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Pork Products - Healthy Or Not? — an article on the Smart Living Network
May 11, 2012 at 1:17 PMComments: 3 Faves: 0

Pork Products - Healthy Or Not?


A few years ago I visited a pig farm where they enlisted my help with the weekly task of herding the pigs from one pen to another. We used these large red boards like shields to push them along. No easy task as I found out!

Although the pigs are afraid of the color red, every now and then, a brazen hog will try charging the board. One such hog named "Lucky" seemed to recognize me as the weak link. He charged and yes, I went down. I felt at this point I had the right to announce that "Lucky may not be so lucky if he ends up in my kitchen!" and later that evening I cooked up a rather delicious meal of Baked Pork Chops with Andouille Barbecue Sauce. ;)

Pork on a Diet?

Soon I will be performing a cooking demonstration at a local Parenting Expo on healthy, family-friendly meals. Pork tenderloin with peach salsa is on the menu and the reaction I get from many is disbelief that I’m including pork and healthy in the same sentence. Apparently the National Pork Board advertising campaign from 1987 - “Pork the other White Meat” didn't get the message across! While many of us think of bacon or hotdogs when the word pork is brought up, there are actually many lean and healthy cuts of pork that are very nutritious and safe to eat!

Lean Pork Options

If you’re looking for the healthiest pork options, you want lean cuts — tenderloin, loin chops and sirloin roast. Unfortunately bacon is very high in artery-clogging saturated fat and cholesterol. Baked ham and lunch meat fall somewhere in the middle when it comes to fat and calories.

Cooking Safely

Just like with other meats, pork is safe when cooked until it reaches the proper internal temperature of 160°.

In the past consumers were warned that undercooked pork could cause a disease called trichinosis. Trichinosis was caused by pigs who had been fed raw scraps of meats and ended up with the trichina worm. Today in the US it is illegal to feed livestock raw meat and it has virtually been eliminated so you can go ahead and eat it slightly pink!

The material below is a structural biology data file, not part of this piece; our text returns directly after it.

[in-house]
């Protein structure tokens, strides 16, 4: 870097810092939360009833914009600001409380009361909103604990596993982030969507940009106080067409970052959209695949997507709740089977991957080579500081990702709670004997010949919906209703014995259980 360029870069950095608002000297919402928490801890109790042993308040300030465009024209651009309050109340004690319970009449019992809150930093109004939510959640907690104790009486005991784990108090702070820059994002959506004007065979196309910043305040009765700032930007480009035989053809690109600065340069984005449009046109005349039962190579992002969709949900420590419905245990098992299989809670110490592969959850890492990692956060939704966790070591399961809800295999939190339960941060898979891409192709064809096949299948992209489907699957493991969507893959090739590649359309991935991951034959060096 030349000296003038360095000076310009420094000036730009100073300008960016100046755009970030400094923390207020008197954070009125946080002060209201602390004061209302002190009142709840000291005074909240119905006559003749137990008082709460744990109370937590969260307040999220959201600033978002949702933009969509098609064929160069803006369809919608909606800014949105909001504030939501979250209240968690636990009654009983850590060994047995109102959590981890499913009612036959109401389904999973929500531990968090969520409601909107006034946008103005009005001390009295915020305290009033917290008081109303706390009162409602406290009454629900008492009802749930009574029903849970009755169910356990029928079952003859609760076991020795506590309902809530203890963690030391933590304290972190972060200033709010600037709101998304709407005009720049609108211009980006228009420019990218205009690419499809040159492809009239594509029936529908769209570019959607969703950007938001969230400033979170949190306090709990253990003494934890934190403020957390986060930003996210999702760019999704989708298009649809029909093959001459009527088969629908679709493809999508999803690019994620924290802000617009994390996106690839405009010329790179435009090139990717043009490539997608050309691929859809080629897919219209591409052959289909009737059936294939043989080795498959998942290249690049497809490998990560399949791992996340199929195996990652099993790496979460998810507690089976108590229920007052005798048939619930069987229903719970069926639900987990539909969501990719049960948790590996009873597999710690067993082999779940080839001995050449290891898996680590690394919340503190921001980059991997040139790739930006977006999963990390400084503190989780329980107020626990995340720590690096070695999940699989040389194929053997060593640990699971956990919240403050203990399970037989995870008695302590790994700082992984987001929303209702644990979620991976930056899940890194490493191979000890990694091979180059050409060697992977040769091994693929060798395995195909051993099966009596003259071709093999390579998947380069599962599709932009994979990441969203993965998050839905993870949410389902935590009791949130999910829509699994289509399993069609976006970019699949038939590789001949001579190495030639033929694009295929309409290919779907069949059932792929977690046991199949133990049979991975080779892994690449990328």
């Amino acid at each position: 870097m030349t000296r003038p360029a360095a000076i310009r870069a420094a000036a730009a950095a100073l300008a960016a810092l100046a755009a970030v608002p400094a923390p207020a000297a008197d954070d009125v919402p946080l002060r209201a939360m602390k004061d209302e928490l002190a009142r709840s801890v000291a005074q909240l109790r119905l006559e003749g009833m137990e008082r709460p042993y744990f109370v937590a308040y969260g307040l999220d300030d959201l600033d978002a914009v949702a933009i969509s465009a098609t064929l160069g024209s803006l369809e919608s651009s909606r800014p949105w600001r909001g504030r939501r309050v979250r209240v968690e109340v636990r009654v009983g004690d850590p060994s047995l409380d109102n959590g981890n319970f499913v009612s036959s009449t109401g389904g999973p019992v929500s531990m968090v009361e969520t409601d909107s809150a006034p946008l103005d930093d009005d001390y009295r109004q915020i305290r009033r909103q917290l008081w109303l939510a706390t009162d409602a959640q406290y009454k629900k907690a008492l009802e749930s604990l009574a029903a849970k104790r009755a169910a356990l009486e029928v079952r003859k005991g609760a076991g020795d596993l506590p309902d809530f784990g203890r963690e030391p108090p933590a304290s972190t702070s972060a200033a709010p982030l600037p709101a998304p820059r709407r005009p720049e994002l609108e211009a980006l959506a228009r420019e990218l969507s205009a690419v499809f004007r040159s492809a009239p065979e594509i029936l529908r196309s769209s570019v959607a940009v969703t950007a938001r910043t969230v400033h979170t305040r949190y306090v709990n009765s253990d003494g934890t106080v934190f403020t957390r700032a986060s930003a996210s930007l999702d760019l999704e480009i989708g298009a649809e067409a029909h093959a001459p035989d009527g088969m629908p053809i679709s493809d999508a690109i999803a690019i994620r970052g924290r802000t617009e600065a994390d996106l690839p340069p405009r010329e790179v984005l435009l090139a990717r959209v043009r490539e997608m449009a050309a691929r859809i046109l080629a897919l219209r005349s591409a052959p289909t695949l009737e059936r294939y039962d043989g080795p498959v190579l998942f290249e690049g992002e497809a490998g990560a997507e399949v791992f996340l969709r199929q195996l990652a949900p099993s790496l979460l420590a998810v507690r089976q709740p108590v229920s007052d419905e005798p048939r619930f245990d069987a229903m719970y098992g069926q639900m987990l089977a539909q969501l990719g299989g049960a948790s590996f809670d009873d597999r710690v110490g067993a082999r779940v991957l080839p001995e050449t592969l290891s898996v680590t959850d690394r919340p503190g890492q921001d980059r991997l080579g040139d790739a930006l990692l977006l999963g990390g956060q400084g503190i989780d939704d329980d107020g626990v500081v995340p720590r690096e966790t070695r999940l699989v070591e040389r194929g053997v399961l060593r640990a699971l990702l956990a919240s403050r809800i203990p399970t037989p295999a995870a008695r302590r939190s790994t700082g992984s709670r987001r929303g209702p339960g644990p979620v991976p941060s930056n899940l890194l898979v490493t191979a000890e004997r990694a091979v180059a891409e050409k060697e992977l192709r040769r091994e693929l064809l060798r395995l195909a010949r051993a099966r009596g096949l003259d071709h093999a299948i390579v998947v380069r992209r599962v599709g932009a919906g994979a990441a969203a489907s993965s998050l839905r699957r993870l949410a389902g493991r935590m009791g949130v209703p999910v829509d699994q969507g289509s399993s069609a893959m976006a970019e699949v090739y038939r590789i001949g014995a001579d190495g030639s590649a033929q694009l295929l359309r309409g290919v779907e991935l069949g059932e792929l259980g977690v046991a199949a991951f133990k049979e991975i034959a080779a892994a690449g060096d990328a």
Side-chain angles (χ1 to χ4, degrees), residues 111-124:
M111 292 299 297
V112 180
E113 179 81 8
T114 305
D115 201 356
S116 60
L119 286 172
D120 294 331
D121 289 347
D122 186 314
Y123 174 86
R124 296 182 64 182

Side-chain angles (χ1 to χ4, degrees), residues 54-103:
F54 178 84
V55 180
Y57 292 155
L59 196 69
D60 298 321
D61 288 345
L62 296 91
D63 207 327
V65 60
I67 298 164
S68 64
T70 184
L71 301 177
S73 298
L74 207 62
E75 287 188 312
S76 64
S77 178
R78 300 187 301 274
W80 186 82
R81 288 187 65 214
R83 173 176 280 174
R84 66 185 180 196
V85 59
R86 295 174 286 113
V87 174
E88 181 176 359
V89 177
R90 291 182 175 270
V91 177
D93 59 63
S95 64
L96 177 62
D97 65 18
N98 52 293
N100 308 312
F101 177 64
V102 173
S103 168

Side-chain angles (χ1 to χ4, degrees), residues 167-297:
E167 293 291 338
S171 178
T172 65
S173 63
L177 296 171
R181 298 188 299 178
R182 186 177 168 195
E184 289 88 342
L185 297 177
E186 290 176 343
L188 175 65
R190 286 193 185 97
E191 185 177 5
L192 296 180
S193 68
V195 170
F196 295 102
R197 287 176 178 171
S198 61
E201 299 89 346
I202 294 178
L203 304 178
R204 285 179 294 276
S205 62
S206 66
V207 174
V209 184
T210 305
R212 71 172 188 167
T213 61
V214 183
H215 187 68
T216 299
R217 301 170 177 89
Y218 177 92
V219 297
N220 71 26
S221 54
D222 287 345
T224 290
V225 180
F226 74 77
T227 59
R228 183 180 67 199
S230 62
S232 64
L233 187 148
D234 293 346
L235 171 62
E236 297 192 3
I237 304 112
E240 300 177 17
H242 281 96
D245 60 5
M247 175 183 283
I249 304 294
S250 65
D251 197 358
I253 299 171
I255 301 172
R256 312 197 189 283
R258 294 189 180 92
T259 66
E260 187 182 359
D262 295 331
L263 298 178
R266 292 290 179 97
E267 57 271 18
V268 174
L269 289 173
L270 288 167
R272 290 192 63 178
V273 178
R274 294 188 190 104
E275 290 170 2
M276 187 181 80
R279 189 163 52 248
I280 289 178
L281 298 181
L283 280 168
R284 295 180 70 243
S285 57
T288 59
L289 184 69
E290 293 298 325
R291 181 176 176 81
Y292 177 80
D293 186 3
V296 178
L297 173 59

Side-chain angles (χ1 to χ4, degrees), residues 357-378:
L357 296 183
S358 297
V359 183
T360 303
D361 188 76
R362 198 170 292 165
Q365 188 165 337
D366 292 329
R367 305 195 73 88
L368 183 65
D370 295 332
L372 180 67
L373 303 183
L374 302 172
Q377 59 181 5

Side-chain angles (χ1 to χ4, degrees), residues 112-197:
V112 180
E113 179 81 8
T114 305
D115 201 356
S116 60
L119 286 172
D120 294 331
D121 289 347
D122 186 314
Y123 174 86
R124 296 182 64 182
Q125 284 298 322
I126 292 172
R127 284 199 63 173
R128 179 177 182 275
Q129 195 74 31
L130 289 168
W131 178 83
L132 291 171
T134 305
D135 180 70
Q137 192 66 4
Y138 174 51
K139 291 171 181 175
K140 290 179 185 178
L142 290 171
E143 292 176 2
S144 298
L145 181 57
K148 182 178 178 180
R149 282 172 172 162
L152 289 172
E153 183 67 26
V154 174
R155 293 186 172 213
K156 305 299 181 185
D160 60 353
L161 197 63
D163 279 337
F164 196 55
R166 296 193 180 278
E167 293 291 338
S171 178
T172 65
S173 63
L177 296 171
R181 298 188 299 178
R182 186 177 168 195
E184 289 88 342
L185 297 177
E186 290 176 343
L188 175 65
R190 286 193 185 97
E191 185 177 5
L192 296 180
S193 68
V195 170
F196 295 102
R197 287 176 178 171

Nutrition Facts

Lean cuts of pork are high in protein, low in fat and have more B-vitamins (thiamin, niacin, B6 and B12) than many other types of meat.

These vitamins play a role in a variety of body functions, including metabolism and energy production (that’s why we had it on our “energizing foods” list). For some perspective, let’s compare 3 ounces of cooked pork tenderloin to the same amount of cooked chicken breast — as you’ll see, they aren’t all that different:

Pork Tenderloin, Lean Only, Roasted (3 oz)

Chicken Breast Meat, Roasted (4 oz)




Calories from Fat



Total Fat



Saturated Fat












Pork Tenderloin

  • Iron 6%
  • Thiamin 45%
  • Niacin 30%
  • B6 27%
  • B12 6%

Pork also contains healthy doses of zinc and selenium.

Chicken Breast

  • Iron 5%
  • Thiamin 4%
  • Niacin 59%
  • B6 26%
  • B12 5%

Chicken is also a good source of selenium.

Pigging Out

I’ll admit it. I’ve cooked pork with a reckless abandon! Every now and then I go for the higher fat cuts like bacon and sausage. It’s just too good not to. Like the old saying goes, “everything in moderation.”

If you are looking for the healthy pork recipe click here:

If would like to view a video of me cooking Baked Pork Chops with Andouille Barbecue Sauce click here:

If you would like to view a video of me getting run down by a pig click here:

More from Sue Others Are Reading


  • Mind Blown! Thank you so much for this blog. I once had some pork that was pink in the middle and it panicked me. "Am I eating something that will make me sick?" I thought to myself. But now I know that if it's from the US that it will not give me trichinosis. Thank you so much for the eye-opener.

  • wow I didn't know that lean pork had such a high protein content especially compared to chicken

  • A burning question for me.... haven't eaten for long time thinking....EEWWWW. I guess it's all in knowing what you're doing and having the right info. And some of it is LOW in fat??? Really?? Thanks again!

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